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We spoke to Dave Rosenthal, co-founder and CEO of FoundationDB, about what changes are happening in the database world, and why NoSQL has fallen behind.
A new wave of databases is directly enabling companies like Facebook, Google and Twitter to deliver better customer experiences.
Facebook's Tau database, for instance, handles millions of updates a second, and traditional SQL databases are simply inadequate for that kind of task. What a SQL database does is turn one computer into one database. But we want better scalability, lower costs and the ability to deploy on the cloud.
And a lot of databases don't just want you to buy the database, either: they want you to buy their hardware. Oracle, for instance, don't just want you to buy Oracle – they want you to buy their box, too.
So that's why we're moving on into this brave new world of NoSQL databses. There's been a huge amount of experimentation around database models. SQL databases have been relational for years – it's had a good run, and it's certainly not going anywhere - but what's happening is a trend towards putting less logic in the database itself, and moving it instead to the application.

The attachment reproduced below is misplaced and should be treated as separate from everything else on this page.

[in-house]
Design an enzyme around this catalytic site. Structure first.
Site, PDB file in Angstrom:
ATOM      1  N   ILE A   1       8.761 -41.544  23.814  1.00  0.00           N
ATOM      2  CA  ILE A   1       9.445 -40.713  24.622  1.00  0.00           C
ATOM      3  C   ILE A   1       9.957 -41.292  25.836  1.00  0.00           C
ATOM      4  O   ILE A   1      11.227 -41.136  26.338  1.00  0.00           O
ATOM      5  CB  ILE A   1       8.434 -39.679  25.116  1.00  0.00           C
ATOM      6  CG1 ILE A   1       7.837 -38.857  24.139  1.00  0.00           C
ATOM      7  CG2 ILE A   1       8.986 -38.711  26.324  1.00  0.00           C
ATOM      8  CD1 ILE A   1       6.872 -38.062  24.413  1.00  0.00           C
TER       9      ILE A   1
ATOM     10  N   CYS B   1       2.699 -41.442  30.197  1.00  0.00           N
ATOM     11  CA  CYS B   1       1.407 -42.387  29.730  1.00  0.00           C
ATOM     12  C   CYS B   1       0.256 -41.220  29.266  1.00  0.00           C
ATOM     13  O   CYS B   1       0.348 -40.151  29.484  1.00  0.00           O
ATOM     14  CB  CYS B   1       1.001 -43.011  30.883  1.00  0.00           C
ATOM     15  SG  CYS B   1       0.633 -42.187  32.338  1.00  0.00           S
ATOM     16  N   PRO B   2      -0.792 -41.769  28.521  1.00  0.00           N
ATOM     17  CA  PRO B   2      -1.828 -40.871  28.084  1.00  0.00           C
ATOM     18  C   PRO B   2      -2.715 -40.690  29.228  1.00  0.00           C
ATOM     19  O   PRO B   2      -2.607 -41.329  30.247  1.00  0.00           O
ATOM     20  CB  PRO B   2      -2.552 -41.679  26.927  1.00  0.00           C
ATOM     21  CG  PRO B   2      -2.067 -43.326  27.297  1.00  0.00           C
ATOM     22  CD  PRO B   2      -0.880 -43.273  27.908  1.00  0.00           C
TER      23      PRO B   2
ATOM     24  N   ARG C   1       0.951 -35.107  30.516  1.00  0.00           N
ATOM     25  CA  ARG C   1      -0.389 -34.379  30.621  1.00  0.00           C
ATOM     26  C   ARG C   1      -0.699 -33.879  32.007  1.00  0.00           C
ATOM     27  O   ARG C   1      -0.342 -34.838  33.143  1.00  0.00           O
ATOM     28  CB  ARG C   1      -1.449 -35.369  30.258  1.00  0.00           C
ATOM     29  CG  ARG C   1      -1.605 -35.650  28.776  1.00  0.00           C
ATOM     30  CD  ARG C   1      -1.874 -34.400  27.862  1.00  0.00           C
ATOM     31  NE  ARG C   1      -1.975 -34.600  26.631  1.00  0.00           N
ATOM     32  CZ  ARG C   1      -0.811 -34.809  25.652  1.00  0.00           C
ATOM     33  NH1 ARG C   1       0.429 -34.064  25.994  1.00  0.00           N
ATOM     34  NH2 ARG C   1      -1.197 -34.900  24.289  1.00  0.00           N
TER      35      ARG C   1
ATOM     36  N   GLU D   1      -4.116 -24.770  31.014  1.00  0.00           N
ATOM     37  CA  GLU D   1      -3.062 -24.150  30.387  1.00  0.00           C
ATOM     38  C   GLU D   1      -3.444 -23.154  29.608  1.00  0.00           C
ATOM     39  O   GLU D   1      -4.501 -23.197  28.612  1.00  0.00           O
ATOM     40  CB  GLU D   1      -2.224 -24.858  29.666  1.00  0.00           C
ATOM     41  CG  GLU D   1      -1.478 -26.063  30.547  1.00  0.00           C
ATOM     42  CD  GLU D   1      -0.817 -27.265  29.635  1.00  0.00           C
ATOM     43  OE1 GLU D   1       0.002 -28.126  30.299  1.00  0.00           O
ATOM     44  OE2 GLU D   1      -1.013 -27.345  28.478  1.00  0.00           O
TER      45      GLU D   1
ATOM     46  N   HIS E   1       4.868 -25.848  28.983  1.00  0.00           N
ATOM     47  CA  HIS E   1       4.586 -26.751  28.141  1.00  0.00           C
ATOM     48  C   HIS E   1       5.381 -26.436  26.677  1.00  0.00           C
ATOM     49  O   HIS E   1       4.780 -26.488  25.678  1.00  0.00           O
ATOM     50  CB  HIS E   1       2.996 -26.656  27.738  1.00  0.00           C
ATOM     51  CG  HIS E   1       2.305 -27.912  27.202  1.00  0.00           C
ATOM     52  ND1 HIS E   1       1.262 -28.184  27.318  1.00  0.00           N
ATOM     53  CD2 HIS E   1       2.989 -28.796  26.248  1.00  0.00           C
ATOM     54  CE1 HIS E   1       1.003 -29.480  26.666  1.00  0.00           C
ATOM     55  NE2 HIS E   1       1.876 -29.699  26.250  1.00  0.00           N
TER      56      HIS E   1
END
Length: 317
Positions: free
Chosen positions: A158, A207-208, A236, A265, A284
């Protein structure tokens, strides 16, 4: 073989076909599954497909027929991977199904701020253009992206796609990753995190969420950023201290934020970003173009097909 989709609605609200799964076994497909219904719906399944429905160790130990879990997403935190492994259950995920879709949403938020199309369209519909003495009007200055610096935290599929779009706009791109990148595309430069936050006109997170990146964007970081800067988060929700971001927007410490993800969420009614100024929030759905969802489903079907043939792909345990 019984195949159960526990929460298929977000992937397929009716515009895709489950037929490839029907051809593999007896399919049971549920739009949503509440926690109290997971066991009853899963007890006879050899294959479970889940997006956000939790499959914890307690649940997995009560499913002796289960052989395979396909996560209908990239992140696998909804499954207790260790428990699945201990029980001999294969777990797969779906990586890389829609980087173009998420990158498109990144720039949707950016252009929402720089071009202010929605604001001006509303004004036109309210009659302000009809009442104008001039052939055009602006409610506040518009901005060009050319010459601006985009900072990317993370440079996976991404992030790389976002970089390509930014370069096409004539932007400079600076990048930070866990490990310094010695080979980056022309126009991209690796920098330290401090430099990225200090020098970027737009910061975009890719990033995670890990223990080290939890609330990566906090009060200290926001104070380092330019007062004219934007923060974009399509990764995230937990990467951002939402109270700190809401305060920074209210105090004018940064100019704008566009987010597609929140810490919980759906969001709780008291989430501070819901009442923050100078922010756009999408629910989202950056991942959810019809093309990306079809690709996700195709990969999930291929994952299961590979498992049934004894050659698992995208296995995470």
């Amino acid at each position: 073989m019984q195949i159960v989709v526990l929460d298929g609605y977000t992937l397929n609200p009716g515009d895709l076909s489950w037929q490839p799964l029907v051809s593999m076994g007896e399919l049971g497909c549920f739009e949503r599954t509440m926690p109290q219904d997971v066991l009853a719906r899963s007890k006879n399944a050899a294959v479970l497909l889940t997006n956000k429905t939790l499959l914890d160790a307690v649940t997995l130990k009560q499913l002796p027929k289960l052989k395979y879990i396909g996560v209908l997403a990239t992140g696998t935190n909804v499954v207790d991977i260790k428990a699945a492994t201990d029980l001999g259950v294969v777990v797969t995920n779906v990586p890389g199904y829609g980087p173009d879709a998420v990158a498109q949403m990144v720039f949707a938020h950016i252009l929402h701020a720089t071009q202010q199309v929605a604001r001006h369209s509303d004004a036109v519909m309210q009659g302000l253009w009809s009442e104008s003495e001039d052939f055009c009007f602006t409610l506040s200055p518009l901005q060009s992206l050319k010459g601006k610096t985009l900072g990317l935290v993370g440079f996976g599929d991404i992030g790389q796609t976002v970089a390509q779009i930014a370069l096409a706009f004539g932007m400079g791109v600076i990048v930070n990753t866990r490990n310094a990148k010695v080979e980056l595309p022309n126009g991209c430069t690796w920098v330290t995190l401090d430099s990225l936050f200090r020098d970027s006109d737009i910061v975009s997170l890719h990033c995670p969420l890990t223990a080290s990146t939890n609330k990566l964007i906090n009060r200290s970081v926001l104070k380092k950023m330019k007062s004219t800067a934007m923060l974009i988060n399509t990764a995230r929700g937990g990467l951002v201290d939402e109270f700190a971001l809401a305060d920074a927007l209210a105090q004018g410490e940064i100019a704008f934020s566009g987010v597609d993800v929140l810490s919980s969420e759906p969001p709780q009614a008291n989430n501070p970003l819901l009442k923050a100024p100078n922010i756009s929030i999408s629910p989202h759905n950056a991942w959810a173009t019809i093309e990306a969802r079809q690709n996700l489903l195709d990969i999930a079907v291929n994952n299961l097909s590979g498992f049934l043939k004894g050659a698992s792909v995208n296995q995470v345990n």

But NoSQL so far has had problems with bad vision. It's throwing out some of the critical functions of databases, such as consistency. There are over 200 NoSQL databases, and your developers want access to all of these platforms. You simply can't run all these databases.
The problem is that instead of having one database where you can access all your data, you actually get a lot of fragmentation in the NoSQL world. And that's one of the main problems.
However, by far the largest problem for NoSQL was the CAP theorem. What it basically says is that you have to choose between consistency and availability in a distributed system. That it's impossible to have a system with both. But by 2009, Google had figured this out with Spanner. They found a way to build a practical system that had the guarantee of being consistent and available.
That's the principal FoundationDB is built on. It took us four years to build the product, and it's perfect for fast-paced companies that need to iterate quickly without sacrificing reliability or conform to a relational database format.